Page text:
You have a brilliant idea, found the perfect co-founder or two and you’re all buzzing with enthusiasm to jump in and get started.
But, before you get swept up in the excitement of myriad ways to launch your idea and test its viability, take a breath. It’s important to not build the foundation of your startup with just a verbal trust agreement.
Before market launch, before any money or profit is involved, you need a partnership agreement. At the same time you’re registering for a business name, an ABN, and a domain name, you need to be engaged in discussions to finalise and sign your co-founder terms.
Most startups fall into the common trap of having this conversation much later on when money is at stake. But that is the wrong time as people can take things seriously and discussions can get heated very quickly.
This is one of the lessons that I personally had to learn the hard way.
I started my first IT consultancy straight out of university, then launched my second startup with co-founders when I was 35 years old and didn’t have this conversation at the beginning and things got complicated.
When it came to co-founding Lumi.Media I was 55, and with the benefit of wisdom, I wanted to make sure we had the foundation right at the outset. Even though one of my co-founders is also my sister, it can make all the difference to co-founder happiness and the longevity and growth of the business, to ensure you have a written co-founder agreement.
6 things you might want to include in your co-founder agreement
What percentage of the business does each co-founder own and what do they pay, or bring to the table, to get that? My advice is that each co-founder needs to actually hand over at least $1 to get started as a symbolic gesture. Hand over the $1 and shake hands on the venture.
Next, determine if you will use an employee stock ownership plan (ESOP), and if so, what’s the maximum percentage of the pie? If you implement this option, you will need to include rules of the ESOP, before offering first options.
2. Company structure
Determine the company structure, with designated co-founders in key leadership roles ie Chairman, CEO, COO, CFO and Company Secretary. Don’t give away C Suite positions lightly. Just because you are a co-founder doesn’t necessarily make you the best person for those positions.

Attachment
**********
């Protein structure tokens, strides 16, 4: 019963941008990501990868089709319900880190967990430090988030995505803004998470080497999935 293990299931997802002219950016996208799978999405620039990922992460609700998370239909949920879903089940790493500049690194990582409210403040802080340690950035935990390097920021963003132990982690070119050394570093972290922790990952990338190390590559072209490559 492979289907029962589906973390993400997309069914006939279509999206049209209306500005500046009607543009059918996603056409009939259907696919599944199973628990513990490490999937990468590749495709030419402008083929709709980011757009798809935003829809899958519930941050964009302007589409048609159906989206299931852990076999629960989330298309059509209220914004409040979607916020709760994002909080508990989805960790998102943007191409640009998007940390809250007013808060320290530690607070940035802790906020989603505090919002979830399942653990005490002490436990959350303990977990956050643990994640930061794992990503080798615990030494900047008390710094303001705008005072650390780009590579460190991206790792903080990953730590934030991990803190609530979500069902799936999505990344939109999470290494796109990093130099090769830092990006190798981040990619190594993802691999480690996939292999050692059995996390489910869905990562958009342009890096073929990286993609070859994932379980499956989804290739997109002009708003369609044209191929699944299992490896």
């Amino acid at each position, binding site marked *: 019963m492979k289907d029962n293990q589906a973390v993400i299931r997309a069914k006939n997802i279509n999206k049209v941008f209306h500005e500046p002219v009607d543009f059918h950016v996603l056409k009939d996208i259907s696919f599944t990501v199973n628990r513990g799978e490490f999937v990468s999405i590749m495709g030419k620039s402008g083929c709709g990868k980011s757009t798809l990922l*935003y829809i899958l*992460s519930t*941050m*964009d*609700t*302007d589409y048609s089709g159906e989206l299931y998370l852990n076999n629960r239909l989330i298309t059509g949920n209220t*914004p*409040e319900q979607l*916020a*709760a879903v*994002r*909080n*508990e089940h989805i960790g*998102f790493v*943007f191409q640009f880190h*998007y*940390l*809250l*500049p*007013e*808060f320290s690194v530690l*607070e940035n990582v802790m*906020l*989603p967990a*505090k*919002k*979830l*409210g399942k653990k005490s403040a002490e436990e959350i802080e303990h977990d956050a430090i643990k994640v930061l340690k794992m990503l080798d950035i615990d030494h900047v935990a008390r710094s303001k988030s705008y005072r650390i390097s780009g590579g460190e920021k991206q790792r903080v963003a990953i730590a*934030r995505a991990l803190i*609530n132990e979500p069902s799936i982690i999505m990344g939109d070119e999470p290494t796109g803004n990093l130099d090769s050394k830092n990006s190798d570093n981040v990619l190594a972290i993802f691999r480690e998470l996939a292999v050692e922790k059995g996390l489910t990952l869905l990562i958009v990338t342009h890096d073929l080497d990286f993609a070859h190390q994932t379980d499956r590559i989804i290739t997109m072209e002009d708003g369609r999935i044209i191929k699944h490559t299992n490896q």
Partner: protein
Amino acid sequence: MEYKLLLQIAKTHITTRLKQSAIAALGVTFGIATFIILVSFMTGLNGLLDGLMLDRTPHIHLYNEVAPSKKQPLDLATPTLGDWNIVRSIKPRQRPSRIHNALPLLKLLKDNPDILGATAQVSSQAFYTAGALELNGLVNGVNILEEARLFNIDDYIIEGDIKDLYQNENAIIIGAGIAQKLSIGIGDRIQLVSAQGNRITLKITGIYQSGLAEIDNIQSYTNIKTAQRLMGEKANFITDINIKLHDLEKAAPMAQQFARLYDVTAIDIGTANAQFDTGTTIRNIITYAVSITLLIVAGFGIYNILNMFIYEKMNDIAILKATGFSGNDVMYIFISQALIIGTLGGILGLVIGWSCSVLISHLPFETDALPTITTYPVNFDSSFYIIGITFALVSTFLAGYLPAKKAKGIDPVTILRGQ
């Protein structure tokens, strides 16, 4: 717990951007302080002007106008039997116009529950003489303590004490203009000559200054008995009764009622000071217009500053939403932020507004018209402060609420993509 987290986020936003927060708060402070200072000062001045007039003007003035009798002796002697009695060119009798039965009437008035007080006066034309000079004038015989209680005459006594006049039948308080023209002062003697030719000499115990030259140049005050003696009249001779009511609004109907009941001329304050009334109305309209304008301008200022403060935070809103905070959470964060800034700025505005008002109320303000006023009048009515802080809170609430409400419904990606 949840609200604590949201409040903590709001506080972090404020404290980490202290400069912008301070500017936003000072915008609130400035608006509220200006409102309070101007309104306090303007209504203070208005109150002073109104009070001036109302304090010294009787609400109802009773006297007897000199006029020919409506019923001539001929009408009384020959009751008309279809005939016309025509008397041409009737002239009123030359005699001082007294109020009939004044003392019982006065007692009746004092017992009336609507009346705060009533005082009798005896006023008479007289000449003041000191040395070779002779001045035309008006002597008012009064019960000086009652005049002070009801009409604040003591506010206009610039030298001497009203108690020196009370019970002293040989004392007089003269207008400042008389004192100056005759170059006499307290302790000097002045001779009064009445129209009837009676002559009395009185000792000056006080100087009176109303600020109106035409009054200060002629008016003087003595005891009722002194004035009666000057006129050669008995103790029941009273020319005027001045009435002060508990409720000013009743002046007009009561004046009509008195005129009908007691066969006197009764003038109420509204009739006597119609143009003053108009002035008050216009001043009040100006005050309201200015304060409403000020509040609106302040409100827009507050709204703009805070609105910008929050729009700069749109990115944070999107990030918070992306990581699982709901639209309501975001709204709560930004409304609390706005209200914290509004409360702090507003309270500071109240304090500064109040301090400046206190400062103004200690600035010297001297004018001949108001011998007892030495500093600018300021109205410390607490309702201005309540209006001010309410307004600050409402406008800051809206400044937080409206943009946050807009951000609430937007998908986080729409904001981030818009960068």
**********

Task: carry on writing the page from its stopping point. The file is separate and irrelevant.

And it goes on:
3. What if a co-founder leaves: Your exit strategy
If a co-founder, for whatever reason (for example illness) wants or needs out, what happens? Is that co-founder forced to sell shares back to other co-founders? If so, at what price? Or can an exiting co-founder keep their shares, even when they are no longer hands-on operationally?
In the scenario, where a co-founder gets thrown out of the business, perhaps for reasons due to inappropriate conduct, how will that be handled? Will a forced buy back at reduced value be put in place?
What happens to a shareholding should there be a death of a co-founder? This can have major consequences with bequeathed shares and voting rights.
If all co-founders remain in the business for the longer term, what is the final exit plan? Does the business aim for a buyout or an IPO? How will profits be distributed to shareholders, founders and staff?
Will co-founders get a salary?
What will be the co-founder salaries and how will they be set? Will it be commensurate with hours worked in the business?
For instance, if one co-founder is full-time and 100% only working on the growth of the business, but another co-founder holds side interests and achieves additional income from those sources, will they be paid a lesser amount?
Will it be equal across all co-founders or will it be tied to individual performance targets in a financial year?
Taking on investment
When it comes time to take funding injections either from angel investors or VCs etc, will you have any rules in place around who you can take investment from, ie. no money from coal or non-ethical investment funds?
What is the agreed process of how staff will be chosen, for instance do all co-founders need to interview and sign off on every hire?
How will you determine if they’re a cultural, not just technical fit?
Will you offer ESOP and if so, to all staff or just certain key leadership roles?
Having a detailed co-founder agreement at the outset sets the tone for all future success and guides the strategic vision as the business progresses through different stages of growth.
Most co-founders go blindly into the unknown and run on a trust model, but at its worst this can kill the whole viability of the business.
It may seem like a difficult conversation to raise at the outset, but is one of the most important you can ever have.
- Neil Dewey is co-founder and COO, Lumi.Media.
- This story first appeared on Kochie’s Business Builders. You can read the original here.
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